How VR Can Help Juvenile Inmates

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How VR Can Help Juvenile Inmates
August 1, 2018

Prisoners who have spent decades behind bars could learn life skills with the help of VR.

 

In 2012, the US Supreme Court declared that sentences of mandatory life without parole sentences for juvenile offenders was unconstitutional. This was subsequently declared to be retroactive, leaving officials with the issue of how to prepare inmates who had never expected to be let out of prison for a life on the outside. Some are turning to virtual reality (VR) for a solution.

 

Research has shown that VR is beneficial in training and education, and has even shown benefits for overcoming some mental health problems such as phobias. Corrections officials in several states are counting on this to help prepare juvenile lifers for life in the outside world after what has sometimes been decades behind bars. As discussed by The Marshal Project in a recent piece.

Danny McIntyre, the director of the Bureau of Community Corrections in Pennsylvania, had seen VR headsets promoted at corrections conventions and was curious if it could help these inmates. “Could VR help inmates prepare to be in a large crowd?” he wondered. “Could we prepare them to do everyday common things? Things that we take for granted. Things they haven’t done in their entire lifetime.”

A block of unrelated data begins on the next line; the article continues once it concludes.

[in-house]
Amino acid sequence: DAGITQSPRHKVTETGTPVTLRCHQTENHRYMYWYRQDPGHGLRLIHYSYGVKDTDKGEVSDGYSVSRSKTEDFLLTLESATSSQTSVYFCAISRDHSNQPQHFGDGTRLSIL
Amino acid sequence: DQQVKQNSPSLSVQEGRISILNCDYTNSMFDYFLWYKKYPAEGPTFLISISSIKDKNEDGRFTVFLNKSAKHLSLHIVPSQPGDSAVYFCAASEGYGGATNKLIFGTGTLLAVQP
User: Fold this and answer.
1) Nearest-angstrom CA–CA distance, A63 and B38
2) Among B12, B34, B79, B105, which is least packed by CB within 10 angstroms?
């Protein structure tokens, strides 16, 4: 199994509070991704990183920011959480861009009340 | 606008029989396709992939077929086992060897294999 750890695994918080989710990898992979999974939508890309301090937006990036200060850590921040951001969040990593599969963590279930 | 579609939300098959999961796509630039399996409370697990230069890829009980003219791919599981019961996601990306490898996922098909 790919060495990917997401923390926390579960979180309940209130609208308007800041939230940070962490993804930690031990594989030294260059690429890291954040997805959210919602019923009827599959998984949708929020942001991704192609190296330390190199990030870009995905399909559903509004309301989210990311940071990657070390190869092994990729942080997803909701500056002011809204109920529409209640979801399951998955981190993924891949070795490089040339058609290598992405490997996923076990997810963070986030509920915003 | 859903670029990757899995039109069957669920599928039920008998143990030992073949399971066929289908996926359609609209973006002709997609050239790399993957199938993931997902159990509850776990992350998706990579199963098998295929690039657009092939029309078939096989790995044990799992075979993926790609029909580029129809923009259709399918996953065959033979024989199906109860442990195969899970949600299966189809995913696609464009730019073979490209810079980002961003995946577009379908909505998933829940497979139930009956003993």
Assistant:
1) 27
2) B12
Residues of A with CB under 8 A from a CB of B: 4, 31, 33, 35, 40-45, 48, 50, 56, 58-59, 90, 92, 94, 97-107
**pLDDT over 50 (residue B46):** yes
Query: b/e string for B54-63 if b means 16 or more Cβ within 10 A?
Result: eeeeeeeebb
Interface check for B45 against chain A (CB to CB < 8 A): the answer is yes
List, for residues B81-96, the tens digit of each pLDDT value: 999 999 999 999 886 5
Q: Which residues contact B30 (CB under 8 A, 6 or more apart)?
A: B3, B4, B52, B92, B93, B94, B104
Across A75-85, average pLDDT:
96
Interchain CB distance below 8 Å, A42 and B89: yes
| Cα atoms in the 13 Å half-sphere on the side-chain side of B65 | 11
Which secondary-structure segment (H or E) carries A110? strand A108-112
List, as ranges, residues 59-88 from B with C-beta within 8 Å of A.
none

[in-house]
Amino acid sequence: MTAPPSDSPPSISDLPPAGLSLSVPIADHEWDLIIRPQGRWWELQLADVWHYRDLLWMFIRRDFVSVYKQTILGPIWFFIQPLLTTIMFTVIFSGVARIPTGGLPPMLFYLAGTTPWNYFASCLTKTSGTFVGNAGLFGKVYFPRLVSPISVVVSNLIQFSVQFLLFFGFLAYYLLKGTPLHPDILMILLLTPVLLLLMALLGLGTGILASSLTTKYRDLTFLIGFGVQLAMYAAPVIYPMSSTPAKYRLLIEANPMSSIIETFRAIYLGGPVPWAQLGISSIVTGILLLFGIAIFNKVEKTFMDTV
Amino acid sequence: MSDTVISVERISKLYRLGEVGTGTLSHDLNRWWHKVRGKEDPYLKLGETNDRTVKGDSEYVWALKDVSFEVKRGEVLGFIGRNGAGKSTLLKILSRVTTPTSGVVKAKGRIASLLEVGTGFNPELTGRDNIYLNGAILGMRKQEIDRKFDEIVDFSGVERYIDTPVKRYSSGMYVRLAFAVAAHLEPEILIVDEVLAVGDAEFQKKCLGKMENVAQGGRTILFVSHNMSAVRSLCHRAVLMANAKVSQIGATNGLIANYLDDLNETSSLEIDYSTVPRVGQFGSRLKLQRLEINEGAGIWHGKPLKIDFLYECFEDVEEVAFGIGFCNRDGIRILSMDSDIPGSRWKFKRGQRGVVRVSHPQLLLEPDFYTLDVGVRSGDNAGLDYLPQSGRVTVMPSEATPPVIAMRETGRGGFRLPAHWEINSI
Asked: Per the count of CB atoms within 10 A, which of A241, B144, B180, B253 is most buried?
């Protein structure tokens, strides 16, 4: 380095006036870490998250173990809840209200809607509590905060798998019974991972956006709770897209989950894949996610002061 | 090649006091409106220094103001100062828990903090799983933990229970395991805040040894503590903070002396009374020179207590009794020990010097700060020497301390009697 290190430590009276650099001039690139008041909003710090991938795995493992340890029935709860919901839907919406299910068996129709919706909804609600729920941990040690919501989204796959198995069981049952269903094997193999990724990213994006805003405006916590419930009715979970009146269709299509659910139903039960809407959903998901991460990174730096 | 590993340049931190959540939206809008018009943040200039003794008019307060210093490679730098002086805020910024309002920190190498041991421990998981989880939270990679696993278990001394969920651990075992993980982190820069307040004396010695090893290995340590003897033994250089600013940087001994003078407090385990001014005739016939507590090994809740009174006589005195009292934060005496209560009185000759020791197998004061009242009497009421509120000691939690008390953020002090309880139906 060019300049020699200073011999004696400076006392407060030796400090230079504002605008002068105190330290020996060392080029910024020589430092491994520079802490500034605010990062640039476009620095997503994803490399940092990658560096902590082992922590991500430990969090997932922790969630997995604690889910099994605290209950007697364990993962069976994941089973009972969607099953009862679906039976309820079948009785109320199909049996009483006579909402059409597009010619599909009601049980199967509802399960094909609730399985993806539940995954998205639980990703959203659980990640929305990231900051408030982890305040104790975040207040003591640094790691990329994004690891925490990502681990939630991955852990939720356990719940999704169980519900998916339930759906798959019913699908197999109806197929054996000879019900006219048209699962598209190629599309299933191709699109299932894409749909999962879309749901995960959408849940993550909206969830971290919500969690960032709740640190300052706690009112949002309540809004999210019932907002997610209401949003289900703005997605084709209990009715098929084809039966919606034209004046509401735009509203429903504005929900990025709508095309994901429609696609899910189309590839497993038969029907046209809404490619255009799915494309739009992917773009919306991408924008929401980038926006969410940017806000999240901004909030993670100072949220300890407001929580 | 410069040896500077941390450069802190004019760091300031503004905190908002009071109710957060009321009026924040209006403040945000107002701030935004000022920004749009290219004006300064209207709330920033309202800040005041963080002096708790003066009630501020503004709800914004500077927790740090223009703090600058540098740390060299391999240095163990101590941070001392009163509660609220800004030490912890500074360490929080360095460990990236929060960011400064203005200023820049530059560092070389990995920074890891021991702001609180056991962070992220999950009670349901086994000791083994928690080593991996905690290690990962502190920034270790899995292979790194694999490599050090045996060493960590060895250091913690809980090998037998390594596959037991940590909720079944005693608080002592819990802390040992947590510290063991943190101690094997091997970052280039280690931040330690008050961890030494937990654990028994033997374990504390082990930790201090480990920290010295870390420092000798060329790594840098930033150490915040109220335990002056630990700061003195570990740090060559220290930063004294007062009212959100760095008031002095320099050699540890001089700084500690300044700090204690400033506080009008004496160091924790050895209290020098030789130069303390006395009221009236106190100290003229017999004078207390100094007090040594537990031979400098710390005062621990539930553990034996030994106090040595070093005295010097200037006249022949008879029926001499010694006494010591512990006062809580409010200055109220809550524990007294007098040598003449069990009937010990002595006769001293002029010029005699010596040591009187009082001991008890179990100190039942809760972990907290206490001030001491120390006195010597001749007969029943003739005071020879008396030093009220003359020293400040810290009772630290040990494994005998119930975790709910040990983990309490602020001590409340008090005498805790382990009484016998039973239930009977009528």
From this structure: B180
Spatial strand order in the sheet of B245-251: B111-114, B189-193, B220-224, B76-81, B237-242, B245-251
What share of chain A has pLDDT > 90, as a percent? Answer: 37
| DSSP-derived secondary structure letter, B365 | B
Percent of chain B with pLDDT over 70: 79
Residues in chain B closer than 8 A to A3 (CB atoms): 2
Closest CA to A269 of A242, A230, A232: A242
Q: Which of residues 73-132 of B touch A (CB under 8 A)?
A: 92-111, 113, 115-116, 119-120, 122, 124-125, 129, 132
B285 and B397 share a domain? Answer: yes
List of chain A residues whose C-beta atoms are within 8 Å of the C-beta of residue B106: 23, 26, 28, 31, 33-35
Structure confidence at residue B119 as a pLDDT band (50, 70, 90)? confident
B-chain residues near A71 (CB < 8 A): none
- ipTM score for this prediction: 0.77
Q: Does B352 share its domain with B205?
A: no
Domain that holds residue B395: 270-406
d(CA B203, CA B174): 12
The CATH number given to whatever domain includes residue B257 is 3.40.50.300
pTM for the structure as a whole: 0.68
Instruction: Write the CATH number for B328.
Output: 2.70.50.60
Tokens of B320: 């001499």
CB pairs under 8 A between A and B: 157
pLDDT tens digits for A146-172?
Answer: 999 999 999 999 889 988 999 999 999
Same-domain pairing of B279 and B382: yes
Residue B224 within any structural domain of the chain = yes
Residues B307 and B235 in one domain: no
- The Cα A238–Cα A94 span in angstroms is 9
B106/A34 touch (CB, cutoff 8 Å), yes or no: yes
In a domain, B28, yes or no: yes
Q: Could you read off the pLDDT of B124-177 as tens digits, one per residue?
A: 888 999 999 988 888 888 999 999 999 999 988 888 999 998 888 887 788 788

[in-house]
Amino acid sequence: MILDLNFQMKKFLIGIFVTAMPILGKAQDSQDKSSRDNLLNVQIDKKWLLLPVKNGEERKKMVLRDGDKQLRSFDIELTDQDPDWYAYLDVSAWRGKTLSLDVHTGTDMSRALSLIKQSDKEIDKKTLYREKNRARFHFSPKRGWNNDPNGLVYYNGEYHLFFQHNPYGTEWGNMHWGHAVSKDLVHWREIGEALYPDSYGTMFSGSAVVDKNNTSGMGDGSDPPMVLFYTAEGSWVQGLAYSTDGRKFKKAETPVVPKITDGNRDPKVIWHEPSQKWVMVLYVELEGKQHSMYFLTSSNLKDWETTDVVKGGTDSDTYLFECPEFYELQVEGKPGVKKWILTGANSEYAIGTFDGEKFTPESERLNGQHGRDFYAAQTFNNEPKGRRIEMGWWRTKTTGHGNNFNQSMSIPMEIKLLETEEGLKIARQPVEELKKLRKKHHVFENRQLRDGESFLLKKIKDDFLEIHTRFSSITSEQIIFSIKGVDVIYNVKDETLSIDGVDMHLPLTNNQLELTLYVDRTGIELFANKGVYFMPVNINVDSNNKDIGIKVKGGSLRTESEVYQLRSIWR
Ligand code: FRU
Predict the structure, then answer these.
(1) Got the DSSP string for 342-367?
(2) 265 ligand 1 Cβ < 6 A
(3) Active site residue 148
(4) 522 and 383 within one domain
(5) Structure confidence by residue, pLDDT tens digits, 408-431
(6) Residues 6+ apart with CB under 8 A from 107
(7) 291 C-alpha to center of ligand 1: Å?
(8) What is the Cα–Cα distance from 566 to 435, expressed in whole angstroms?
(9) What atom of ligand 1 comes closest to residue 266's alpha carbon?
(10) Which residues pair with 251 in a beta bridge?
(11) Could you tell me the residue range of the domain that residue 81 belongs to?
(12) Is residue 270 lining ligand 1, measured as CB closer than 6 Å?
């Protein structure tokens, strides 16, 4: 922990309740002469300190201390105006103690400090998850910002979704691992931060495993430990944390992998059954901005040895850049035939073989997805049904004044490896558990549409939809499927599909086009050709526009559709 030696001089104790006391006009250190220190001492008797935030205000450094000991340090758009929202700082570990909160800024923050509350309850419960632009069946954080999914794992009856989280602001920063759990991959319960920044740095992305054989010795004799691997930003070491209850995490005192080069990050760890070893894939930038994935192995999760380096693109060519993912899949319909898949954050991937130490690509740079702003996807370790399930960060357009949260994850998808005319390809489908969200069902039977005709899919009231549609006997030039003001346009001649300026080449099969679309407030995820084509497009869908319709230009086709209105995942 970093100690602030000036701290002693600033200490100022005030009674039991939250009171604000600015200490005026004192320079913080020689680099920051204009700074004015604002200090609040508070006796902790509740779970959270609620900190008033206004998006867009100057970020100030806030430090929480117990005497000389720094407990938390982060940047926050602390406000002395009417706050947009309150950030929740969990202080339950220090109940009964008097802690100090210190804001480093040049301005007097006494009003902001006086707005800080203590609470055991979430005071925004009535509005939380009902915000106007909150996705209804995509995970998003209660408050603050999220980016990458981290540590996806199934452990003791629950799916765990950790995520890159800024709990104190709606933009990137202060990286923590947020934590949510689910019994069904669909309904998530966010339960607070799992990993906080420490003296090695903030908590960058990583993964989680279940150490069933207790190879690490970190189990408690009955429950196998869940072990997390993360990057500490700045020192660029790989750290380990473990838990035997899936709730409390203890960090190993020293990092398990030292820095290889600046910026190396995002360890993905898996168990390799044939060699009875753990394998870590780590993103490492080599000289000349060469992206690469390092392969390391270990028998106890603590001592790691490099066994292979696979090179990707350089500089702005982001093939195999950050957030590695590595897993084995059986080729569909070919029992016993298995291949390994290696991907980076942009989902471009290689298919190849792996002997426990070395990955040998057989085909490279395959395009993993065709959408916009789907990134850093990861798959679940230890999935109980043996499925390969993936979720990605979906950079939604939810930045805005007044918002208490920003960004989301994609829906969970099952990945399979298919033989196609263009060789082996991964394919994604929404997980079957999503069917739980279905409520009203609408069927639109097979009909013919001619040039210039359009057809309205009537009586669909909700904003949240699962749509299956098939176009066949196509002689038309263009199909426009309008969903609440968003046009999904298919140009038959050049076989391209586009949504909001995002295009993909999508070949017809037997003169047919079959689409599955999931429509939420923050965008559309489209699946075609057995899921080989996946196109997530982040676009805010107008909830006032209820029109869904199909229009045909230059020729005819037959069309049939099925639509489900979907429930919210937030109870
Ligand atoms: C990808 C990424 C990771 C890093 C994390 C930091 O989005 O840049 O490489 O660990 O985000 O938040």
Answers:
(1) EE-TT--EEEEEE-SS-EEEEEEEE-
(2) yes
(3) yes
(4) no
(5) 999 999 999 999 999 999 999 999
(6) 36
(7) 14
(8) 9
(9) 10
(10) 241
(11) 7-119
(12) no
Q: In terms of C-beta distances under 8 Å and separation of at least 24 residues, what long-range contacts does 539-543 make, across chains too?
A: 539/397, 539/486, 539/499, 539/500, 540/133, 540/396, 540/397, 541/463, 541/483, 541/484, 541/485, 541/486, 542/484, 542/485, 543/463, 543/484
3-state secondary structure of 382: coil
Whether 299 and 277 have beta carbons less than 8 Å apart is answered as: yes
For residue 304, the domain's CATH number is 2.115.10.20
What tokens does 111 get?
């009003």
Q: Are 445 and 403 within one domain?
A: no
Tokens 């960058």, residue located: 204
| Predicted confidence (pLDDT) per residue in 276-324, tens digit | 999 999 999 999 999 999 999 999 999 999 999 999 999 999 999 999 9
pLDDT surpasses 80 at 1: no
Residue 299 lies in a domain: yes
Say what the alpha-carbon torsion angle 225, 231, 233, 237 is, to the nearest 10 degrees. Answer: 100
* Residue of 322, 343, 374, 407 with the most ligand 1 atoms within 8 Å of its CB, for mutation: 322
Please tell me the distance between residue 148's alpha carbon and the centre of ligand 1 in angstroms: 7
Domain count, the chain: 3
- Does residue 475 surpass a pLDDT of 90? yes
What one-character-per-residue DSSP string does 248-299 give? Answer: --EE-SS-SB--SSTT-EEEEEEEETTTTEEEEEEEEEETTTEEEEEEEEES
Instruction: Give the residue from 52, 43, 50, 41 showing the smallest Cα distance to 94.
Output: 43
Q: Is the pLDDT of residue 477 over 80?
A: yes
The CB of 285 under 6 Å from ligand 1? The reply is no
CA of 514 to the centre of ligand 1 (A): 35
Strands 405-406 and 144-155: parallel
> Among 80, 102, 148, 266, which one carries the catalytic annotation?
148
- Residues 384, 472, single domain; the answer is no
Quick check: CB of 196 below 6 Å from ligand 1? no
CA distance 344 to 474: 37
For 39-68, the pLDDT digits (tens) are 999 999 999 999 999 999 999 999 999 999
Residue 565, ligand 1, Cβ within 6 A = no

In Colorado, Melissa Smith, programs coordinator for the prison hired VR company Nsena VR to develop several interactive VR scenarios which offered lessons on activities inmates might undertake in the outside world. “Right now we have 32 lessons,” she said. “From how to cook a hotdog in the microwave to how to do laundry. How to self-scan at the checkout. How to walk on a busy street. How to use an ATM card.”

 

In addition to the VR lesson, inmates also take classes to learn new skills before testing them out in VR. To help them cope, the inmates work with a social worker and participate in biofeedback sessions designed to help them overcome reactions to stress.

 

None of the juvenile lifers in Colorado have yet been released, so Smith says it is far too early to say if the programme has been successful. With other states also looking at VR as a possible solution for prisoner rehabilitation, its likely that more such programs could spring up across the USA.

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